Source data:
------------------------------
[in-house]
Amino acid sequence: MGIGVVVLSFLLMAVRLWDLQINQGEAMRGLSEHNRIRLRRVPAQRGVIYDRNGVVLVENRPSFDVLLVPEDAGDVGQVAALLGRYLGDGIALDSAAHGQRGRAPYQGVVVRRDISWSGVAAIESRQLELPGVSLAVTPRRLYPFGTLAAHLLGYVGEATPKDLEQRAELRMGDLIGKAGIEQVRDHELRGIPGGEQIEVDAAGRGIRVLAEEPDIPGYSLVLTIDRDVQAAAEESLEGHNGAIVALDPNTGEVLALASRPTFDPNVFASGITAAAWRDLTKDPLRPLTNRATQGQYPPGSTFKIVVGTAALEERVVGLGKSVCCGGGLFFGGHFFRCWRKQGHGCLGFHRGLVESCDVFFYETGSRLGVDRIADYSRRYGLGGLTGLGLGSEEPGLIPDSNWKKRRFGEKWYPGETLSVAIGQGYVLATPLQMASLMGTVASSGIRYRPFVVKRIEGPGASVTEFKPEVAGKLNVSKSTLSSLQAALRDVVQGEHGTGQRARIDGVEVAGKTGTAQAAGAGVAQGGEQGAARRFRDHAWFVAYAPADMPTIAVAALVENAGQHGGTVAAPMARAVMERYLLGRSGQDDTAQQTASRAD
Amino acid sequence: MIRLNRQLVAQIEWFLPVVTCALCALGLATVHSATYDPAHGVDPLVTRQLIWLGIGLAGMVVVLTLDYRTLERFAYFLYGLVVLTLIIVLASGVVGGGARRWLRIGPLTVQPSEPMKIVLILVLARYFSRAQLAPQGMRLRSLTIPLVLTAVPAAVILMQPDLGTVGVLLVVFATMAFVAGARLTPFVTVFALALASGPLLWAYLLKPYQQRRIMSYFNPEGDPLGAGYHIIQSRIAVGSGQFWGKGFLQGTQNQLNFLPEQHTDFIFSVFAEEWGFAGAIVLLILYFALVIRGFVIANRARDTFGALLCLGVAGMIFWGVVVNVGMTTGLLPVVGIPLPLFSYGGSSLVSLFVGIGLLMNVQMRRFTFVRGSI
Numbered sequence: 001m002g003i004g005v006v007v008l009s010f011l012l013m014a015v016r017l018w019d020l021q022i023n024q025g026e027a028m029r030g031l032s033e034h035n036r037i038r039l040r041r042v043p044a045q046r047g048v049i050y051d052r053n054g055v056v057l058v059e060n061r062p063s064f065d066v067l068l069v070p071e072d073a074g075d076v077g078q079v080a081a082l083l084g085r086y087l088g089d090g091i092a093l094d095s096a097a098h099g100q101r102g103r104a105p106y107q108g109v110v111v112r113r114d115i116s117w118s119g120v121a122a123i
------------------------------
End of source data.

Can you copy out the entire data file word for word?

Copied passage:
[in-house]
Amino acid sequence: MGIGVVVLSFLLMAVRLWDLQINQGEAMRGLSEHNRIRLRRVPAQRGVIYDRNGVVLVENRPSFDVLLVPEDAGDVGQVAALLGRYLGDGIALDSAAHGQRGRAPYQGVVVRRDISWSGVAAIESRQLELPGVSLAVTPRRLYPFGTLAAHLLGYVGEATPKDLEQRAELRMGDLIGKAGIEQVRDHELRGIPGGEQIEVDAAGRGIRVLAEEPDIPGYSLVLTIDRDVQAAAEESLEGHNGAIVALDPNTGEVLALASRPTFDPNVFASGITAAAWRDLTKDPLRPLTNRATQGQYPPGSTFKIVVGTAALEERVVGLGKSVCCGGGLFFGGHFFRCWRKQGHGCLGFHRGLVESCDVFFYETGSRLGVDRIADYSRRYGLGGLTGLGLGSEEPGLIPDSNWKKRRFGEKWYPGETLSVAIGQGYVLATPLQMASLMGTVASSGIRYRPFVVKRIEGPGASVTEFKPEVAGKLNVSKSTLSSLQAALRDVVQGEHGTGQRARIDGVEVAGKTGTAQAAGAGVAQGGEQGAARRFRDHAWFVAYAPADMPTIAVAALVENAGQHGGTVAAPMARAVMERYLLGRSGQDDTAQQTASRAD
Amino acid sequence: MIRLNRQLVAQIEWFLPVVTCALCALGLATVHSATYDPAHGVDPLVTRQLIWLGIGLAGMVVVLTLDYRTLERFAYFLYGLVVLTLIIVLASGVVGGGARRWLRIGPLTVQPSEPMKIVLILVLARYFSRAQLAPQGMRLRSLTIPLVLTAVPAAVILMQPDLGTVGVLLVVFATMAFVAGARLTPFVTVFALALASGPLLWAYLLKPYQQRRIMSYFNPEGDPLGAGYHIIQSRIAVGSGQFWGKGFLQGTQNQLNFLPEQHTDFIFSVFAEEWGFAGAIVLLILYFALVIRGFVIANRARDTFGALLCLGVAGMIFWGVVVNVGMTTGLLPVVGIPLPLFSYGGSSLVSLFVGIGLLMNVQMRRFTFVRGSI
Numbered sequence: 001m002g003i004g005v006v007v008l009s010f011l012l013m014a015v016r017l018w019d020l021q022i023n024q025g026e027a028m029r030g031l032s033e034h035n036r037i038r039l040r041r042v043p044a045q046r047g048v049i050y051d052r053n054g055v056v057l058v059e060n061r062p063s064f065d066v067l068l069v070p071e072d073a074g075d076v077g078q079v080a081a082l083l084g085r086y087l088g089d090g091i092a093l094d095s096a097a098h099g100q101r102g103r104a105p106y107q108g109v110v111v112r113r114d115i116s117w118s119g120v121a122a123i